Back to the discussion of standardized tests. Coming from a state where the HSPA is not given (nor required), I cannot say that I am arguing against the HSPA directly. However, with the knowledge of other standardized testing (even going so far as to include the SAT and ACT), I will argue that these tests do offer a measurement of ability. Of course, one cannot define oneself off of one score, but these tests are not designed for students to fail. Often times, even with those that have difficulty testing, many are able to achieve passing grades, or the comparative college-readiness levels. Concerning the HSPA testing, with scores ranging from 100 to 300, and a passing grade of 200, there is a high chance that many students will be able to achieve a passing level. Whether these individuals acquire a grade they are pleased with is a separate question, but when looking at the number of individuals able to pass, these numbers should be higher. Yes, I will acknowledge that testing does not come easily to all individuals, and that even the smartest of people will not test to the same ability that they show in the classroom. Yet these students should be able to test well enough to hit a passing mark.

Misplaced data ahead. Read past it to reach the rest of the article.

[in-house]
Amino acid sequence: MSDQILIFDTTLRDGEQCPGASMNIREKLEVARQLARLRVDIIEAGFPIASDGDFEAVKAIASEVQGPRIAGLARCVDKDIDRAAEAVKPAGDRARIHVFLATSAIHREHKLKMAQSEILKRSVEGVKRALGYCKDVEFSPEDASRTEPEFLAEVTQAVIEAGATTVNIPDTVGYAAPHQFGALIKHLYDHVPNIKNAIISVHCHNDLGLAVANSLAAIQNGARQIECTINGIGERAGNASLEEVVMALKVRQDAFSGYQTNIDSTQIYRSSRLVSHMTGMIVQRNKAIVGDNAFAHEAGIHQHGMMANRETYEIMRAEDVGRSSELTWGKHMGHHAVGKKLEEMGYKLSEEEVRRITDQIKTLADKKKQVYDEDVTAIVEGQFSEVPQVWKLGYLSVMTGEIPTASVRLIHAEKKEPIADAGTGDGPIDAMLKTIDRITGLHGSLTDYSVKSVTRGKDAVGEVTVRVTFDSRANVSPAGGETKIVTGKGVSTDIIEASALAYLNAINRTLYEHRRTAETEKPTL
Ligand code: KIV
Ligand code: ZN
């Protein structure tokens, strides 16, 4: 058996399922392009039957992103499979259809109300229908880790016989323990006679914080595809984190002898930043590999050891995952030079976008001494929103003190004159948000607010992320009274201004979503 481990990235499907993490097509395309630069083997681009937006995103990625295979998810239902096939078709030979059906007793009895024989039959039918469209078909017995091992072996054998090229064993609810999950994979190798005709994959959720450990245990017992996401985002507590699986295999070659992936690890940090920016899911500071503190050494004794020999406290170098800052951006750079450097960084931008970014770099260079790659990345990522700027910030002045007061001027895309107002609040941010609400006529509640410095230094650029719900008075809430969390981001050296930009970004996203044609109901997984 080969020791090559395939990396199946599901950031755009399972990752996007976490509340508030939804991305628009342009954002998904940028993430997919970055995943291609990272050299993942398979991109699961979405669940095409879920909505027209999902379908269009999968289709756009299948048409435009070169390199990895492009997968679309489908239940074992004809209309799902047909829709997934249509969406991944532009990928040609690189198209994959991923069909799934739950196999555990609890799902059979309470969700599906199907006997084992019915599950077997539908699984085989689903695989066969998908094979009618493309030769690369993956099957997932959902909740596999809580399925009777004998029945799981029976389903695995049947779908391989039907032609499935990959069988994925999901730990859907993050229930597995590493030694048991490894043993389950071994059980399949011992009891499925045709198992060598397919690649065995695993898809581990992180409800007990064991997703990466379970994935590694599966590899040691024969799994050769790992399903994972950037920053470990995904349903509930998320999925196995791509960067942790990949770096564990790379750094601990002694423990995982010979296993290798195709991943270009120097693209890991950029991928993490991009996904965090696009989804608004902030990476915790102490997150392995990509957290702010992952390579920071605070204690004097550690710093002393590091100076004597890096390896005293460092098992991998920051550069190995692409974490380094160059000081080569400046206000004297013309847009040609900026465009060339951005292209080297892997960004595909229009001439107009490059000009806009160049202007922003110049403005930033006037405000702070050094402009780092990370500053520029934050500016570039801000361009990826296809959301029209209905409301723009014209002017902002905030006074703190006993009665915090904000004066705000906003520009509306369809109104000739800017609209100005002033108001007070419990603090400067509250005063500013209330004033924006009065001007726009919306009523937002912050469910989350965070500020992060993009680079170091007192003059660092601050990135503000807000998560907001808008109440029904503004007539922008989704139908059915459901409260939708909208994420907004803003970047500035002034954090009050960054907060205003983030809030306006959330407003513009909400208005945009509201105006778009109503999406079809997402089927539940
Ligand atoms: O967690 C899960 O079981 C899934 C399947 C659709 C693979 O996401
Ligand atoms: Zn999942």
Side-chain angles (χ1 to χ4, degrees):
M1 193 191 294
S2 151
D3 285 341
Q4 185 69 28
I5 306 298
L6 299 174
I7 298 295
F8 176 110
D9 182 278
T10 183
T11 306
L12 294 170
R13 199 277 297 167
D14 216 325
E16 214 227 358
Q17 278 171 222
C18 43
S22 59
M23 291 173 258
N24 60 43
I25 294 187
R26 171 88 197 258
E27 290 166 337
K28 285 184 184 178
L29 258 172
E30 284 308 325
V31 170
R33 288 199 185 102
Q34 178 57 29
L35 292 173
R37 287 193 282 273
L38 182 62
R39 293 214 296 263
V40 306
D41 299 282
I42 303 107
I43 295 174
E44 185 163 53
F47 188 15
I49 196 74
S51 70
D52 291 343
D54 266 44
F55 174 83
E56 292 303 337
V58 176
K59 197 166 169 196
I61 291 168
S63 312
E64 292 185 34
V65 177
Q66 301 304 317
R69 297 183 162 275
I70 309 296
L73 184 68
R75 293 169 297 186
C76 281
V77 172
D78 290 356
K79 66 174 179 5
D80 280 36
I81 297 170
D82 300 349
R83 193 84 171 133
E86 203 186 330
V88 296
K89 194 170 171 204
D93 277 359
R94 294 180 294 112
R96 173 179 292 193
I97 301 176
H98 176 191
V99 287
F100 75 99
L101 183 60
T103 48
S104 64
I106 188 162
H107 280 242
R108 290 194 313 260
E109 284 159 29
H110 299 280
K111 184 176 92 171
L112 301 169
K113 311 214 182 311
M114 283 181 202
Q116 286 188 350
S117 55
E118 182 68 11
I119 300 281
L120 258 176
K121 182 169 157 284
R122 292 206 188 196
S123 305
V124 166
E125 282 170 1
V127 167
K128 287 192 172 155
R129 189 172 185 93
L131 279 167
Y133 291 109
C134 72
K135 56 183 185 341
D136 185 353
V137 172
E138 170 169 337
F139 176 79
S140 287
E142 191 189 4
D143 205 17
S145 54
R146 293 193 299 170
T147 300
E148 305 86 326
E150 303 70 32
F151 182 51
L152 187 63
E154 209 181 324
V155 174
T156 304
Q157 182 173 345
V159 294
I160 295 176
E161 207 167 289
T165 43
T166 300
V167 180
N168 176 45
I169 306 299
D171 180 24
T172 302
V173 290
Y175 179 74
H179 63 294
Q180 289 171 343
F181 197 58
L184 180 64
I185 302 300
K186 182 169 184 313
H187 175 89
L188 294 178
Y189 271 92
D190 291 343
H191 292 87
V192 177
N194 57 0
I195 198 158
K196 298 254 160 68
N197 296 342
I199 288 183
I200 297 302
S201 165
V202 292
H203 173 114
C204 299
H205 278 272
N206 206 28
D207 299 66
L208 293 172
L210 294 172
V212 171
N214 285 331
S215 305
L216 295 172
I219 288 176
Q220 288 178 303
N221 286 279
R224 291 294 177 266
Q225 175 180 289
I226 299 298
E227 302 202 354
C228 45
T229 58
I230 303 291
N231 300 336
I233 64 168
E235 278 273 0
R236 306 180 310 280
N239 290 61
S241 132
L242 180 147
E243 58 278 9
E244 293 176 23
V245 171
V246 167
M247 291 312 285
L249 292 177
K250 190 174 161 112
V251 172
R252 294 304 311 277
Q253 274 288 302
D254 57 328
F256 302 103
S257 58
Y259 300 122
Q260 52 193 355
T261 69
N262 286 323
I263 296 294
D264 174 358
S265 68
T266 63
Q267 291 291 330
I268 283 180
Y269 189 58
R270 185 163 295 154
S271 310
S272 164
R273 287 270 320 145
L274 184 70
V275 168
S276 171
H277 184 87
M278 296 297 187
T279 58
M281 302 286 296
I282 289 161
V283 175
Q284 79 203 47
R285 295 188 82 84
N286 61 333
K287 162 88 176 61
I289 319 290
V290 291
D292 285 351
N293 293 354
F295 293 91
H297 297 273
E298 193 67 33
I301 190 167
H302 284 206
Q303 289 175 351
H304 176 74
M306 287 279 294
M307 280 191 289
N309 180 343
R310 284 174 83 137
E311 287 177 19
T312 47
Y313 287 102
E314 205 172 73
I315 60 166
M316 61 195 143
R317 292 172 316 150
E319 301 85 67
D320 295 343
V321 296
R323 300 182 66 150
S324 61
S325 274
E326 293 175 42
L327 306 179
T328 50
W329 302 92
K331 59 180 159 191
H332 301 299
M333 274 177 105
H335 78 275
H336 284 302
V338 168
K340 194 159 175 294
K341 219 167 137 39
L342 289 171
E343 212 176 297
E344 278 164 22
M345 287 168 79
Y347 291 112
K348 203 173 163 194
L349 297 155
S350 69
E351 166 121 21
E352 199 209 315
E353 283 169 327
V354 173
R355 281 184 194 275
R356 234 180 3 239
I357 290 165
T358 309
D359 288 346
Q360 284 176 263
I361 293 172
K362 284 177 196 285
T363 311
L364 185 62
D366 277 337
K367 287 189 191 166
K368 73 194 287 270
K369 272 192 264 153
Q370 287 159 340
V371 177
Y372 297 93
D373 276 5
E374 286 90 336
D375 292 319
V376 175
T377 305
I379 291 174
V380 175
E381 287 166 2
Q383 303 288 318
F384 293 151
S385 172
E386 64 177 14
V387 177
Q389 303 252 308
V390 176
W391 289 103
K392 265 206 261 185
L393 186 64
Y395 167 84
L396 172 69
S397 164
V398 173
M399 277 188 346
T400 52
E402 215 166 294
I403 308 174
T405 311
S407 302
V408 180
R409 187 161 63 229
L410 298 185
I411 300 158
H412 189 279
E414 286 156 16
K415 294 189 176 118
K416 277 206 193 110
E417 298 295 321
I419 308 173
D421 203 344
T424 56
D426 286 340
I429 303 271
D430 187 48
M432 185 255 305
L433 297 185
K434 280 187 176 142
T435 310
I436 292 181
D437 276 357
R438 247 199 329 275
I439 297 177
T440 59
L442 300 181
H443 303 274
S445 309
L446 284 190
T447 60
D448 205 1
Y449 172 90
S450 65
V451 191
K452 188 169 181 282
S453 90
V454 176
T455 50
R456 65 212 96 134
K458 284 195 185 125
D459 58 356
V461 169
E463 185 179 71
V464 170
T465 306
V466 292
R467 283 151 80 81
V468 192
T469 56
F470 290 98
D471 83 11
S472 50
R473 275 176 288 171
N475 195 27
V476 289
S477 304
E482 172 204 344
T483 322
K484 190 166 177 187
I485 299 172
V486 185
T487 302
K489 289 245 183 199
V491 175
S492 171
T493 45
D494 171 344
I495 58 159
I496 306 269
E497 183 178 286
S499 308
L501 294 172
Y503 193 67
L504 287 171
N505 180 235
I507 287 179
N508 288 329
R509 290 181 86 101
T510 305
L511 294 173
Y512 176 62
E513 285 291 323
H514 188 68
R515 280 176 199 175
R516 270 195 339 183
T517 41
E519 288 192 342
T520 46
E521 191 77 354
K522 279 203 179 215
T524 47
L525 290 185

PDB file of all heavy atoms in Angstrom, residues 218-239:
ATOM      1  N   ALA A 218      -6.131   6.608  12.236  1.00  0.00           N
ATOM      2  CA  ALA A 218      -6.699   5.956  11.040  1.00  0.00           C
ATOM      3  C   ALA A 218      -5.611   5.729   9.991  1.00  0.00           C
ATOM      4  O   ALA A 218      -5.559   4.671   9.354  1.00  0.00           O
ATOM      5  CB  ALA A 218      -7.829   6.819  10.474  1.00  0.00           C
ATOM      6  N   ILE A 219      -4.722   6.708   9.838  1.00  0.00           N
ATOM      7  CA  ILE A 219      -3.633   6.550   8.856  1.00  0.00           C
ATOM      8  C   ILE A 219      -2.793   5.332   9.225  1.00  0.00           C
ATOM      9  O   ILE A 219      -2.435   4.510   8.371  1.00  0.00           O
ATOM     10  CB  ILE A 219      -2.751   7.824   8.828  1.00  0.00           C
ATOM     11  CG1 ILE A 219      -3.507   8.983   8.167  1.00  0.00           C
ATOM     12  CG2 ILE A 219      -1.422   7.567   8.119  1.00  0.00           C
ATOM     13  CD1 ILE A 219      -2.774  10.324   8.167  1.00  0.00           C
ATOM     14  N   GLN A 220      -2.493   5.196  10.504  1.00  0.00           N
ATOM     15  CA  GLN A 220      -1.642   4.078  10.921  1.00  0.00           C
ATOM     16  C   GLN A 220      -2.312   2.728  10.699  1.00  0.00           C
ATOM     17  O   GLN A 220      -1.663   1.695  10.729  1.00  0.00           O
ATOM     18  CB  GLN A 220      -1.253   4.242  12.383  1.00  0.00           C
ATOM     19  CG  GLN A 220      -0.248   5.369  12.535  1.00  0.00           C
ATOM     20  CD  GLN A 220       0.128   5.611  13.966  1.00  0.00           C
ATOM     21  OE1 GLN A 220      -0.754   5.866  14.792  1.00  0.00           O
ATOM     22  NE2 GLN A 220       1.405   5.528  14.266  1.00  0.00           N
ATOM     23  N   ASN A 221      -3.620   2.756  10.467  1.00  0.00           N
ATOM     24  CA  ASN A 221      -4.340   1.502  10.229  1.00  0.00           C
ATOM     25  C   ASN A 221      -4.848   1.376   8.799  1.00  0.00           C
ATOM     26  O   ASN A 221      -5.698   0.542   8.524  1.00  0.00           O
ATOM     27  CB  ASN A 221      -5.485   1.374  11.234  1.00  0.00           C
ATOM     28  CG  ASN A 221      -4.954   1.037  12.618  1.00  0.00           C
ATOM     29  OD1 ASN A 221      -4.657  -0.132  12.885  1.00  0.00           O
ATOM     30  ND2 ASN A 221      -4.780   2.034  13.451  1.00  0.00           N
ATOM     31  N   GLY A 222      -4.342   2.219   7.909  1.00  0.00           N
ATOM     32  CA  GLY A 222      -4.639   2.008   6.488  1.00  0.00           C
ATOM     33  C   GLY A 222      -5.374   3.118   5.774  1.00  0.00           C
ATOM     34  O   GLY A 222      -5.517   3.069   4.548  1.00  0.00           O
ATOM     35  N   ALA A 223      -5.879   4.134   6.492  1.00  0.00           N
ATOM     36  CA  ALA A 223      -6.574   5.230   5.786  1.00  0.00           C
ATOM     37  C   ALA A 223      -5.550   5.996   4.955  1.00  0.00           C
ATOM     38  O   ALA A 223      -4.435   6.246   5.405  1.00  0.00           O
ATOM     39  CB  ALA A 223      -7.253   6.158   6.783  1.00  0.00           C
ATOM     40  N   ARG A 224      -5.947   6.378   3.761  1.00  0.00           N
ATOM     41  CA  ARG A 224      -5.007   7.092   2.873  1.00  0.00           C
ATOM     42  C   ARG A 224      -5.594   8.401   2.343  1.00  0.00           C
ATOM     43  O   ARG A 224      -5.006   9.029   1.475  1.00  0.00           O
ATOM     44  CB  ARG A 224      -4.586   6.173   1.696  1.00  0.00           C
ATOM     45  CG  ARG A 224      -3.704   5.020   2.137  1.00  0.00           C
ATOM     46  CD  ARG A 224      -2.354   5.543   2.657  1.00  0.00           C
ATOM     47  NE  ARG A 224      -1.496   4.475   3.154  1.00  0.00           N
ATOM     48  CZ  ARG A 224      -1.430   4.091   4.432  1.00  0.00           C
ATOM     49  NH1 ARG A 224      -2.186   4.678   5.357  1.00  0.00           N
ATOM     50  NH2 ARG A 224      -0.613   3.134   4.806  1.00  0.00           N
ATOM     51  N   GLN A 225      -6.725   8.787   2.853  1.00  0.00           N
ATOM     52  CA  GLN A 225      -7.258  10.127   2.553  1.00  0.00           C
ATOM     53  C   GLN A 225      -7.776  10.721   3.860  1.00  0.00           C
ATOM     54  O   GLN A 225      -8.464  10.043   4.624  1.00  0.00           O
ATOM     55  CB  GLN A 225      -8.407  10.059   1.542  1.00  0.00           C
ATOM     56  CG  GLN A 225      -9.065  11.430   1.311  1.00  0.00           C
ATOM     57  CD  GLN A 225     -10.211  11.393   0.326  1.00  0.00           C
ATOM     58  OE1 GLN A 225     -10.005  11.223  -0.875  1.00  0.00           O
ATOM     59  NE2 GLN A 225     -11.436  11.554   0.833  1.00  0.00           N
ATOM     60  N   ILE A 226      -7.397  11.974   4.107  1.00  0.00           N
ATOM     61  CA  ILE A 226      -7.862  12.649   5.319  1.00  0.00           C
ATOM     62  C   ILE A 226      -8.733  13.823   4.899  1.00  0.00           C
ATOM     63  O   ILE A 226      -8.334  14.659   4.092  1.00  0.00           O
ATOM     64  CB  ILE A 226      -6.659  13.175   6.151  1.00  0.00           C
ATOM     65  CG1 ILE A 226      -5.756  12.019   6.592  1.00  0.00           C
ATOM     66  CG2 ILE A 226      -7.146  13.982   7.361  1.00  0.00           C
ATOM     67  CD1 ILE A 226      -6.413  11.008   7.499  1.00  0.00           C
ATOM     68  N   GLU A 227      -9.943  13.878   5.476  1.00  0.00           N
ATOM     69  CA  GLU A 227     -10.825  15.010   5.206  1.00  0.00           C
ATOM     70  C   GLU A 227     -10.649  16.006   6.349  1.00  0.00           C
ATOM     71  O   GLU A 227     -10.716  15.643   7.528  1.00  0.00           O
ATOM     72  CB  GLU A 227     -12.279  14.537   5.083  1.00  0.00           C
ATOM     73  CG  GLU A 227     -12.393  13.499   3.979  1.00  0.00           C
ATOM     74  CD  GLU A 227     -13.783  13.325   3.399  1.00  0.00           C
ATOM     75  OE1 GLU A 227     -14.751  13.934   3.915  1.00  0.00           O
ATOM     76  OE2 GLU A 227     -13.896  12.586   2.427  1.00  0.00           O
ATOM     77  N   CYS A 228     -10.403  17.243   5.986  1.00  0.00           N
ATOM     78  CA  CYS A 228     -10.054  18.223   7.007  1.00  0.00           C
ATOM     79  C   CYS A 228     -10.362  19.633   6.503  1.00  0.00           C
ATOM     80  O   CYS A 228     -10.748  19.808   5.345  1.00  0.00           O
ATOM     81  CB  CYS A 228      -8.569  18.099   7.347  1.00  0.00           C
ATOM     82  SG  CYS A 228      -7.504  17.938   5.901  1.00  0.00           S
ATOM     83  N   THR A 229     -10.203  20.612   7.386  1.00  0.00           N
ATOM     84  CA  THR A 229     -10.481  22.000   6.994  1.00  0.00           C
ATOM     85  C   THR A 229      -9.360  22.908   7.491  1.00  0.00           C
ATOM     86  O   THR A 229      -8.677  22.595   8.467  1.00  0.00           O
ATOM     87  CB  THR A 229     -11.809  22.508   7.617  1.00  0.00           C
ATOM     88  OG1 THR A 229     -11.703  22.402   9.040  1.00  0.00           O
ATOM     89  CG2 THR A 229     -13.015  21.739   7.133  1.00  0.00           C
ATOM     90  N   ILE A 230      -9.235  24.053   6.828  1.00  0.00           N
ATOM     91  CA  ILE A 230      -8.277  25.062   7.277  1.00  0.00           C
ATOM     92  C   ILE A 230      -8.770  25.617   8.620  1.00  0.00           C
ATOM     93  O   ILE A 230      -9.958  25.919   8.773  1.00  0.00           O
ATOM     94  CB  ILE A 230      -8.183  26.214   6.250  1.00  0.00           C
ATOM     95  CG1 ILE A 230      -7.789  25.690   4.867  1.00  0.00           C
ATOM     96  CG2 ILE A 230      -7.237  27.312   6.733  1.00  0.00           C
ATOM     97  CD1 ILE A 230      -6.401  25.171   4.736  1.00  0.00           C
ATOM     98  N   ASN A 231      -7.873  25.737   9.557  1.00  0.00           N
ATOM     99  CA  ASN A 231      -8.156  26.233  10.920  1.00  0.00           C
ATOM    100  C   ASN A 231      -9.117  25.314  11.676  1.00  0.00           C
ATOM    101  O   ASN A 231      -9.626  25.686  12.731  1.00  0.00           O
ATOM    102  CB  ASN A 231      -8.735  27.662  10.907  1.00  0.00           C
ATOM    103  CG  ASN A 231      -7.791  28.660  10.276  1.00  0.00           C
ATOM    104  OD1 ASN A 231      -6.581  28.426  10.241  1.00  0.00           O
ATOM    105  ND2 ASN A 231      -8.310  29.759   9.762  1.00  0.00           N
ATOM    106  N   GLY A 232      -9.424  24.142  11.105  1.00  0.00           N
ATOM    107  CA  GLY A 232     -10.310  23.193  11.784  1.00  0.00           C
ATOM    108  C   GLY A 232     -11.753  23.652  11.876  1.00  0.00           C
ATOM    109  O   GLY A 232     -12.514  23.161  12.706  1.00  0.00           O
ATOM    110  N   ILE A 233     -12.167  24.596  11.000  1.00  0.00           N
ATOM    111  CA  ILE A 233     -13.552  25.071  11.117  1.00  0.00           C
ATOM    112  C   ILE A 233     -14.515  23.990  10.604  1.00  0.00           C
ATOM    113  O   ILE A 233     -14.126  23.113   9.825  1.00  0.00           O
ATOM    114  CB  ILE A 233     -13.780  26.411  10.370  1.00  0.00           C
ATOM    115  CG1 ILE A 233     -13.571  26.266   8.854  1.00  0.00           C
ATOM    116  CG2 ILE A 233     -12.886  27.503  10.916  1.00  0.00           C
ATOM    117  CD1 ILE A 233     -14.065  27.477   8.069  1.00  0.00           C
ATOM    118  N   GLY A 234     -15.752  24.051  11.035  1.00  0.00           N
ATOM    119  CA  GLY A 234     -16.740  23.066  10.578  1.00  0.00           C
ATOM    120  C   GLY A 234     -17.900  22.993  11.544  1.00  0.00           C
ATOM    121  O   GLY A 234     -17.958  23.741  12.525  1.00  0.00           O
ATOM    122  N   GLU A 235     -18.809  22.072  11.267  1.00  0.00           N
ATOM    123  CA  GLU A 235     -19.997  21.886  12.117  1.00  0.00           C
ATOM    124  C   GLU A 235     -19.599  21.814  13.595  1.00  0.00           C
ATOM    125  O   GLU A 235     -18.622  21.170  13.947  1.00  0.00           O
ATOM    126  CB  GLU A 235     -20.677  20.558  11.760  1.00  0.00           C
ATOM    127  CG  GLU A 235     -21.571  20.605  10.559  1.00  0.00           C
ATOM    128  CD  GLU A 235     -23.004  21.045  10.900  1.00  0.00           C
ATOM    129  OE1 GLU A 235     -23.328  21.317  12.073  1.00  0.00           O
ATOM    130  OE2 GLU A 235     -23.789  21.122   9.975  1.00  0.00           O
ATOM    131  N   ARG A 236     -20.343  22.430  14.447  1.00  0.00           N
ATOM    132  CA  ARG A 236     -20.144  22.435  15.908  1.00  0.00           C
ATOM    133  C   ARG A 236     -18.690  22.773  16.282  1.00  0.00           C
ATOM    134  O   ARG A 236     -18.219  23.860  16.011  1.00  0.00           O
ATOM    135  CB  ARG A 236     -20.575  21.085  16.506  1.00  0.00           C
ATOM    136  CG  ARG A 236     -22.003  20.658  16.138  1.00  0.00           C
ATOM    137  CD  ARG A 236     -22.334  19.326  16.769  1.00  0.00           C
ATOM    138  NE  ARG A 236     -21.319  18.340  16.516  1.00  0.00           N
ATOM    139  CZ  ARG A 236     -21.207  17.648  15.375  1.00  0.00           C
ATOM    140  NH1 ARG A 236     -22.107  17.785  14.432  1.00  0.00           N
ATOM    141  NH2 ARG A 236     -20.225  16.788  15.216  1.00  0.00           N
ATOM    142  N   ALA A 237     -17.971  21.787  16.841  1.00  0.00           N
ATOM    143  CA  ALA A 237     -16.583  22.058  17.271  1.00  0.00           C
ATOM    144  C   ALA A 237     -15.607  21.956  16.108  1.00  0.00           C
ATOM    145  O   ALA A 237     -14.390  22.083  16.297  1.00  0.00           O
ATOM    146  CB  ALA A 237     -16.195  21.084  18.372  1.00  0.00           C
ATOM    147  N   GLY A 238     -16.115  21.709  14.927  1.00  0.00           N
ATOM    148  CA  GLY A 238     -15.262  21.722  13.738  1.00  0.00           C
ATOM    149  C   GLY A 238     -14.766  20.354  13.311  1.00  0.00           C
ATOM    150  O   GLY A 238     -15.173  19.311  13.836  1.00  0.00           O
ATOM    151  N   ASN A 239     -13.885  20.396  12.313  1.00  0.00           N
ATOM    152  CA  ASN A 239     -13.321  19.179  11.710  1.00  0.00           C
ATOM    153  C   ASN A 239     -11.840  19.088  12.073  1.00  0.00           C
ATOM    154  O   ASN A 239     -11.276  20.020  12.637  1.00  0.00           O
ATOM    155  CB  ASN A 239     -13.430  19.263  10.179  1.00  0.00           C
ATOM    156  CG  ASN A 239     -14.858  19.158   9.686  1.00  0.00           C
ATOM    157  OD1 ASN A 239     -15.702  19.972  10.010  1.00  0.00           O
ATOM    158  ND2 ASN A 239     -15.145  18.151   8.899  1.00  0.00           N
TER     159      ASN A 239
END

Please correct me if I am wrong or ill-informed about the HSPA test; we are not administered this test in Illinois.
Debate Round No. 2
FrankD

Pro

Yes, other standardized testing such as SAT and other forms are not so bad, they don't determine weather or not you pass from high school or not. I agree they do somewhat test you abilities but i think they should weigh so heavily on you, you could be having a bad day when the test is administered or you could be sick. But back to the HSPA we take the HSPA usually Jr. year but they are changing it to the PARK and if we do not pass we cannot graduate high school until we pass the test. Most people will pass but even my teacher this year said the PARK is so hard she doesn't think many will pass, which is ridiculous to administer such a hard test.
Zanomi3